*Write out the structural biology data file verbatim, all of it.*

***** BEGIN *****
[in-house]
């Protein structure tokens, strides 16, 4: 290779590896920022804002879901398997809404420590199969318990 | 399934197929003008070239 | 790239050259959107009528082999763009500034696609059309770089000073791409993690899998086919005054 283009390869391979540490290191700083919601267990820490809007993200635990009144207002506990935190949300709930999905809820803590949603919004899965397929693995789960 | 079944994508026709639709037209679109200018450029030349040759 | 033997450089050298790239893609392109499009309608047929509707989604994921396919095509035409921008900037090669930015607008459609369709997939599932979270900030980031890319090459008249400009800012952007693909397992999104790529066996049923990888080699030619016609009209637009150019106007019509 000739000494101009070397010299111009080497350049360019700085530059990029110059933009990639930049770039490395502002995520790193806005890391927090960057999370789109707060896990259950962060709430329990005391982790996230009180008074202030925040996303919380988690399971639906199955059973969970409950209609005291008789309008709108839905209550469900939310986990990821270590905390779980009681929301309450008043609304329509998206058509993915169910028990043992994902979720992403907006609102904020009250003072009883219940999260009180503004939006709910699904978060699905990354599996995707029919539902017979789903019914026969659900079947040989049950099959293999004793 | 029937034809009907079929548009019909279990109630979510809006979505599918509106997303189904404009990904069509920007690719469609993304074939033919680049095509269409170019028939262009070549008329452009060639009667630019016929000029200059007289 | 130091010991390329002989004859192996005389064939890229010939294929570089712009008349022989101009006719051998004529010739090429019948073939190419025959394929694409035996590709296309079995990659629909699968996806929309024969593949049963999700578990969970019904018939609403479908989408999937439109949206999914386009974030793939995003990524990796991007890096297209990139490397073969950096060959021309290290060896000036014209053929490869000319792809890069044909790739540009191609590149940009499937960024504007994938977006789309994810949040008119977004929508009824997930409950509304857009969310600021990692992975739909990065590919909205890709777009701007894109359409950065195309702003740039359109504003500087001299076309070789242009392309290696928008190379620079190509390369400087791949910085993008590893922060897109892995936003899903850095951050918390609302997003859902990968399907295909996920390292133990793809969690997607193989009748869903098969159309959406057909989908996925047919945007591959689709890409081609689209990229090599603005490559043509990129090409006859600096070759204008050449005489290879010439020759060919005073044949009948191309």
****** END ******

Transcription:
[in-house]
């Protein structure tokens, strides 16, 4: 290779590896920022804002879901398997809404420590199969318990 | 399934197929003008070239 | 790239050259959107009528082999763009500034696609059309770089000073791409993690899998086919005054 283009390869391979540490290191700083919601267990820490809007993200635990009144207002506990935190949300709930999905809820803590949603919004899965397929693995789960 | 079944994508026709639709037209679109200018450029030349040759 | 033997450089050298790239893609392109499009309608047929509707989604994921396919095509035409921008900037090669930015607008459609369709997939599932979270900030980031890319090459008249400009800012952007693909397992999104790529066996049923990888080699030619016609009209637009150019106007019509 000739000494101009070397010299111009080497350049360019700085530059990029110059933009990639930049770039490395502002995520790193806005890391927090960057999370789109707060896990259950962060709430329990005391982790996230009180008074202030925040996303919380988690399971639906199955059973969970409950209609005291008789309008709108839905209550469900939310986990990821270590905390779980009681929301309450008043609304329509998206058509993915169910028990043992994902979720992403907006609102904020009250003072009883219940999260009180503004939006709910699904978060699905990354599996995707029919539902017979789903019914026969659900079947040989049950099959293999004793 | 029937034809009907079929548009019909279990109630979510809006979505599918509106997303189904404009990904069509920007690719469609993304074939033919680049095509269409170019028939262009070549008329452009060639009667630019016929000029200059007289 | 130091010991390329002989004859192996005389064939890229010939294929570089712009008349022989101009006719051998004529010739090429019948073939190419025959394929694409035996590709296309079995990659629909699968996806929309024969593949049963999700578990969970019904018939609403479908989408999937439109949206999914386009974030793939995003990524990796991007890096297209990139490397073969950096060959021309290290060896000036014209053929490869000319792809890069044909790739540009191609590149940009499937960024504007994938977006789309994810949040008119977004929508009824997930409950509304857009969310600021990692992975739909990065590919909205890709777009701007894109359409950065195309702003740039359109504003500087001299076309070789242009392309290696928008190379620079190509390369400087791949910085993008590893922060897109892995936003899903850095951050918390609302997003859902990968399907295909996920390292133990793809969690997607193989009748869903098969159309959406057909989908996925047919945007591959689709890409081609689209990229090599603005490559043509990129090409006859600096070759204008050449005489290879010439020759060919005073044949009948191309």